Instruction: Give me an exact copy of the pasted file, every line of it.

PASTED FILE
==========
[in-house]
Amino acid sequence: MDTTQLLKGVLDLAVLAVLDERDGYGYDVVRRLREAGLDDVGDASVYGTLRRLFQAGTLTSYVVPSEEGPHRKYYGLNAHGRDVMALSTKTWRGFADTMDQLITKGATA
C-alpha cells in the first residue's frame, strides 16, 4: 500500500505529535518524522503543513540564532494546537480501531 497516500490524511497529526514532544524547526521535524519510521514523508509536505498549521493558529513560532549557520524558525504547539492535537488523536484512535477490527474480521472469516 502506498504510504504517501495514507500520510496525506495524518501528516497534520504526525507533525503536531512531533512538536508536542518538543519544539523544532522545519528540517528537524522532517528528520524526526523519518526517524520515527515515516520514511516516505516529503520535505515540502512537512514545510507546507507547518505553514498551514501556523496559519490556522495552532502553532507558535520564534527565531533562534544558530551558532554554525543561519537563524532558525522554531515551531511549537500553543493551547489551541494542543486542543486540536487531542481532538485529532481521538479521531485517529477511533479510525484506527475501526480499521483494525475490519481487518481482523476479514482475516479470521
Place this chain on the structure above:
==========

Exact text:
[in-house]
Amino acid sequence: MDTTQLLKGVLDLAVLAVLDERDGYGYDVVRRLREAGLDDVGDASVYGTLRRLFQAGTLTSYVVPSEEGPHRKYYGLNAHGRDVMALSTKTWRGFADTMDQLITKGATA
C-alpha cells in the first residue's frame, strides 16, 4: 500500500505529535518524522503543513540564532494546537480501531 497516500490524511497529526514532544524547526521535524519510521514523508509536505498549521493558529513560532549557520524558525504547539492535537488523536484512535477490527474480521472469516 502506498504510504504517501495514507500520510496525506495524518501528516497534520504526525507533525503536531512531533512538536508536542518538543519544539523544532522545519528540517528537524522532517528528520524526526523519518526517524520515527515515516520514511516516505516529503520535505515540502512537512514545510507546507507547518505553514498551514501556523496559519490556522495552532502553532507558535520564534527565531533562534544558530551558532554554525543561519537563524532558525522554531515551531511549537500553543493551547489551541494542543486542543486540536487531542481532538485529532481521538479521531485517529477511533479510525484506527475501526480499521483494525475490519481487518481482523476479514482475516479470521
Place this chain on the structure above: